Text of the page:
Longbridge Light Festival 2014: Back to The Future
Longbridge Light Festival (LLF) was created as part of Longbridge Public Art Project by WERK.
5,500 visitors attended the inagurual festival in 2014
'...the atmosphere and positivity that could be felt in Longbridge town centre was amazing. Visitors were fully immersed in a journey of exploration across the site; an exploration of technology, interaction, imagination, regeneration and community, whilst never forgetting the physical, social and cultural history of the factory that once stood there. The perfect welcome back to Longbridge.' - Read a full review of Longbridge Light Festival by Rebekah Bainbridge here.
Over 25 West Midlands, UK and International artists participated in Longbridge Light Festival and the wider programme including Tran-si-tion International Conference. Tran-si-tion provided a platform for some of the leading UK and International keynote speakers to highlight best practice within regeneration schemes, urban design, strategic planning, technology innovation, placemaking and art within a social urban context.
General Public (artists Chris Poolman & Elizabeth Rowe) were commissioned by WERK to develop the artistic proposition & and co curate with Claire Farrell the inaugural Longbridge Light Festival 2014. The Festival theme devised by General Public, ‘Back to the Future’, used the metaphor of science fiction to explore the process of regeneration currently occurring in Longbridge. Over 6000 people attended the event on Saturday 25th October 2014.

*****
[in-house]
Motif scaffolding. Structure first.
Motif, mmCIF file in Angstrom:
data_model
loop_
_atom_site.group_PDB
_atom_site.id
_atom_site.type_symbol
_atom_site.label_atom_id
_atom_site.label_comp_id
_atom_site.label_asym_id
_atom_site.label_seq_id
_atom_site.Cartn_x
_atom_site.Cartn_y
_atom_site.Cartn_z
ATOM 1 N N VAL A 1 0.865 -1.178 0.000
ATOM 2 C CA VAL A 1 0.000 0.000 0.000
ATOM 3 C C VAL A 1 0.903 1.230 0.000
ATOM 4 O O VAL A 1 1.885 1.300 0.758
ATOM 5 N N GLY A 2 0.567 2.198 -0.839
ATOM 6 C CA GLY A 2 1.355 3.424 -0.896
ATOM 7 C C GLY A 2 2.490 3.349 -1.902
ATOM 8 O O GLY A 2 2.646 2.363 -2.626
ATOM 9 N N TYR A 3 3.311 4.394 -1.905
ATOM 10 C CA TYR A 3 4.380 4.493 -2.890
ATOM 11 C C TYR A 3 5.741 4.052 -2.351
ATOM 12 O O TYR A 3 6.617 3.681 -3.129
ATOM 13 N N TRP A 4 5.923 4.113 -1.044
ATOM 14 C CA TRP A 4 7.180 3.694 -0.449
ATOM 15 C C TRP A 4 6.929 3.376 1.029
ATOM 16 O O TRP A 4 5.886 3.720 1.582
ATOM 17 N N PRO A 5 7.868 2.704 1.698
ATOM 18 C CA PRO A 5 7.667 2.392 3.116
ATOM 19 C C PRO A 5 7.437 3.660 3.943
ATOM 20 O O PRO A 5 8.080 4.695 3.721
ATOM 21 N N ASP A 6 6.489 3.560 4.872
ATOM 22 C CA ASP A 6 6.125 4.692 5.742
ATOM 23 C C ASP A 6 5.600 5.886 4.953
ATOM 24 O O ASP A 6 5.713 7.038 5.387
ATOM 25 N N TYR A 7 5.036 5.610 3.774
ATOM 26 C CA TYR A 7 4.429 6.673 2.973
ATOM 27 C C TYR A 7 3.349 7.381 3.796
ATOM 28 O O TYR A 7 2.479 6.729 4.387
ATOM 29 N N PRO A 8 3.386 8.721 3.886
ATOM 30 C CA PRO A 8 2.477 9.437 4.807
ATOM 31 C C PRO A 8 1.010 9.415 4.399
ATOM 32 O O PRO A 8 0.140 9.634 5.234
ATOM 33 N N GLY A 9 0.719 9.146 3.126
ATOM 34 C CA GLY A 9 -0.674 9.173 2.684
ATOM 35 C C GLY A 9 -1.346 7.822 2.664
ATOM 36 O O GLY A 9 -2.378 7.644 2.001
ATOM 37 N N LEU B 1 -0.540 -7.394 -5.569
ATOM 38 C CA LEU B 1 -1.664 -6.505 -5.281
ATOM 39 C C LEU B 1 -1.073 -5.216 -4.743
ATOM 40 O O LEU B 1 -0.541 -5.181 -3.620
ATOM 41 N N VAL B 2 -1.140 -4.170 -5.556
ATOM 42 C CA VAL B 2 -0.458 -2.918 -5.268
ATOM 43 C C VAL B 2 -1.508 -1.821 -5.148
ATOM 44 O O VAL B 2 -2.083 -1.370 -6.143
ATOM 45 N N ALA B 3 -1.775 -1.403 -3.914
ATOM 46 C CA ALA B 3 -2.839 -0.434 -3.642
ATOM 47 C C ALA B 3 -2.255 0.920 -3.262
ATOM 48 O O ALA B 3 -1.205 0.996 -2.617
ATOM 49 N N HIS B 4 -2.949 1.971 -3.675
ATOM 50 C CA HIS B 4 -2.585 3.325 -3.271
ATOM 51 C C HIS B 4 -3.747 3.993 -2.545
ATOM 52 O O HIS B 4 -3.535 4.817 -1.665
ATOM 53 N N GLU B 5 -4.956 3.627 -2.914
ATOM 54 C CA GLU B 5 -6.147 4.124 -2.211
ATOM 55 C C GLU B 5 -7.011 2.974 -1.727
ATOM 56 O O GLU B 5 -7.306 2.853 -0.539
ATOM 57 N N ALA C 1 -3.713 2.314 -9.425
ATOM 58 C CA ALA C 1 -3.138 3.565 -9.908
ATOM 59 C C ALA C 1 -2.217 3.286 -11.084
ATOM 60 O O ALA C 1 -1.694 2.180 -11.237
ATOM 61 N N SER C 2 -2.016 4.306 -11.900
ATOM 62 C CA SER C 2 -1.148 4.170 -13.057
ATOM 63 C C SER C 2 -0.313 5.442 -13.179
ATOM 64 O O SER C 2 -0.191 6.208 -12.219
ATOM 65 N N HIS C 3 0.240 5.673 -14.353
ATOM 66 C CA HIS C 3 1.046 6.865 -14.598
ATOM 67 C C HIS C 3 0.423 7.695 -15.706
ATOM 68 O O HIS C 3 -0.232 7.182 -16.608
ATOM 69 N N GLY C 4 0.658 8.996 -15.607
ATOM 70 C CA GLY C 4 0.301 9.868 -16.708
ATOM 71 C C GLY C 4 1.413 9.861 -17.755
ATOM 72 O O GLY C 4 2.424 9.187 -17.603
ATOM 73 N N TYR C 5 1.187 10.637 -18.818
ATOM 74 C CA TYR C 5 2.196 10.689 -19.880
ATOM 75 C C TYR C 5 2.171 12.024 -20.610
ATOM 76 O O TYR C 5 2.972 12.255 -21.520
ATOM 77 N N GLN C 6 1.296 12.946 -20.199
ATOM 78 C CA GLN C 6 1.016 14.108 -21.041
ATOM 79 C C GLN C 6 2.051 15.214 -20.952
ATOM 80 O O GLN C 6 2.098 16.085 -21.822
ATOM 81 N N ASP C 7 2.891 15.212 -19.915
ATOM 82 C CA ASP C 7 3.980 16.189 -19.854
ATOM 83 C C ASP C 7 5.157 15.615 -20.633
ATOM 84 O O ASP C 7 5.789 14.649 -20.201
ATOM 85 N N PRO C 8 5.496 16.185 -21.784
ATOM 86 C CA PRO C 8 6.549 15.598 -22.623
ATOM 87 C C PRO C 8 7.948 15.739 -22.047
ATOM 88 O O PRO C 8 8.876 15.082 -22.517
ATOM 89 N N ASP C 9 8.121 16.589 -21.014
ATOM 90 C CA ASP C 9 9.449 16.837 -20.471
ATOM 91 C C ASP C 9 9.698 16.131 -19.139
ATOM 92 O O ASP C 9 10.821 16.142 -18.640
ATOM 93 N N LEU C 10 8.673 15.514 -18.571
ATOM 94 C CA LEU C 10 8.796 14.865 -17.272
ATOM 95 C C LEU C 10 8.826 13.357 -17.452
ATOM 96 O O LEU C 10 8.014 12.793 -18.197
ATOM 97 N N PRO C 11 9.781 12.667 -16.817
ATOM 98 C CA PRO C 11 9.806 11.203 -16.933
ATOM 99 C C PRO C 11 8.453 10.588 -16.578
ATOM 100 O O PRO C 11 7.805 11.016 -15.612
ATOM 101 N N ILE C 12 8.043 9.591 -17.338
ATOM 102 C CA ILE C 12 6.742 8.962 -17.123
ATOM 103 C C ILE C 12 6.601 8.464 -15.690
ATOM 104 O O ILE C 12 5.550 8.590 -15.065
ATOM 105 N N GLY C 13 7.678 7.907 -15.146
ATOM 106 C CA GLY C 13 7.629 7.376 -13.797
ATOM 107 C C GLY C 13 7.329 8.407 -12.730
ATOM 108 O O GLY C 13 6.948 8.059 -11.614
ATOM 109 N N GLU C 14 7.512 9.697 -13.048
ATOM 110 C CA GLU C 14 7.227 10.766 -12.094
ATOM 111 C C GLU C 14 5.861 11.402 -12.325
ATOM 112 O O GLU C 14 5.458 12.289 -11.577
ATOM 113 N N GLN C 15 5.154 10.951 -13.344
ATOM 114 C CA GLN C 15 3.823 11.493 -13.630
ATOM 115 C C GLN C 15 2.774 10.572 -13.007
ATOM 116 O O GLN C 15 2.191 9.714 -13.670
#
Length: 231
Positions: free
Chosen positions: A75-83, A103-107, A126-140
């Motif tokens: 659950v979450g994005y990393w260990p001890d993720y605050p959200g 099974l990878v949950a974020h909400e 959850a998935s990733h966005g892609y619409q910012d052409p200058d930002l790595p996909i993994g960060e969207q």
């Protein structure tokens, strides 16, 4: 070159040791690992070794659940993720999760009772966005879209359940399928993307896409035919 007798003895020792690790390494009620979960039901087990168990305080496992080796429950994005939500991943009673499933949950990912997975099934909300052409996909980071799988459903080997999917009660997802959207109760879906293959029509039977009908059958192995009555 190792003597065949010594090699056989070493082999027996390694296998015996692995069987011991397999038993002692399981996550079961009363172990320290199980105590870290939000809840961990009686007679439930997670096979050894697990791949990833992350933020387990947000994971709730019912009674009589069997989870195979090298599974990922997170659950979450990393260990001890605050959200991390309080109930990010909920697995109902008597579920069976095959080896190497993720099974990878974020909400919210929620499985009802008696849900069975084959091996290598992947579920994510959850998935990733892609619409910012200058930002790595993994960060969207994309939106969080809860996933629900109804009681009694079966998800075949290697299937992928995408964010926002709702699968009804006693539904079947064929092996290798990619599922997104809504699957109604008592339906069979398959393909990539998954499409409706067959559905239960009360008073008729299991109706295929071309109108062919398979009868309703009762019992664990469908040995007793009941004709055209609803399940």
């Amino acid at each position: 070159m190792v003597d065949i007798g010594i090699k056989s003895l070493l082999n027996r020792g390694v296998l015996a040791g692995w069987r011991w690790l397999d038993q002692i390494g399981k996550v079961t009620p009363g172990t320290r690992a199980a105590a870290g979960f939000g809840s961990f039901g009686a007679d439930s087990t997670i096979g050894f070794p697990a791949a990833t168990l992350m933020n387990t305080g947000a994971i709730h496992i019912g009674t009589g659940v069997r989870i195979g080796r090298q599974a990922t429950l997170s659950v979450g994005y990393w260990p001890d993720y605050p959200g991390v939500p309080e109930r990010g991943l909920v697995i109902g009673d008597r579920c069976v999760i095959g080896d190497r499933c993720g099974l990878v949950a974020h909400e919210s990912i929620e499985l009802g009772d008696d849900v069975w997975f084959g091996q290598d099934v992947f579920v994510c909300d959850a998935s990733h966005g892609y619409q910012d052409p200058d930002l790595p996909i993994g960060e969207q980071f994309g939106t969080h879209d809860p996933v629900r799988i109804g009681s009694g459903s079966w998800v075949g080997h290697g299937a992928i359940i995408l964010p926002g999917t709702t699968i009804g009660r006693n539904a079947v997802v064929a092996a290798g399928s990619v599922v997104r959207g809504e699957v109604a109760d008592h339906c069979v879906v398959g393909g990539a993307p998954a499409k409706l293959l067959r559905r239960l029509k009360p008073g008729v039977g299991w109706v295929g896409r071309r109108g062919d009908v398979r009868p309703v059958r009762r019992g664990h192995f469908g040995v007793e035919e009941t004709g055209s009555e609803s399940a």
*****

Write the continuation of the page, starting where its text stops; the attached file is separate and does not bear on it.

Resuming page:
Also included on the website is a shortened curatorial statement written by General Public prior to the festival.
The light festival also featured an international programme curated by WERK and work from LPAP (Longbridge Public Art Project) artist’s in residence.General Public commissioned Derek Horton to write an essay to position Longbridge historically and his semi-autobiographical essay ‘White Heat, Brown Fields and Manufactured Dreams‘ provides a context for the light festival and wider Longbridge Public Art Project initiated by WERK.
Funded and supported by Arts Council West Midlands, Birmingham City University, Bournville College, St. Modwen, Birmingham City Council, Ballyhoo, Phil Jones Associates, London Midland and Network Rail.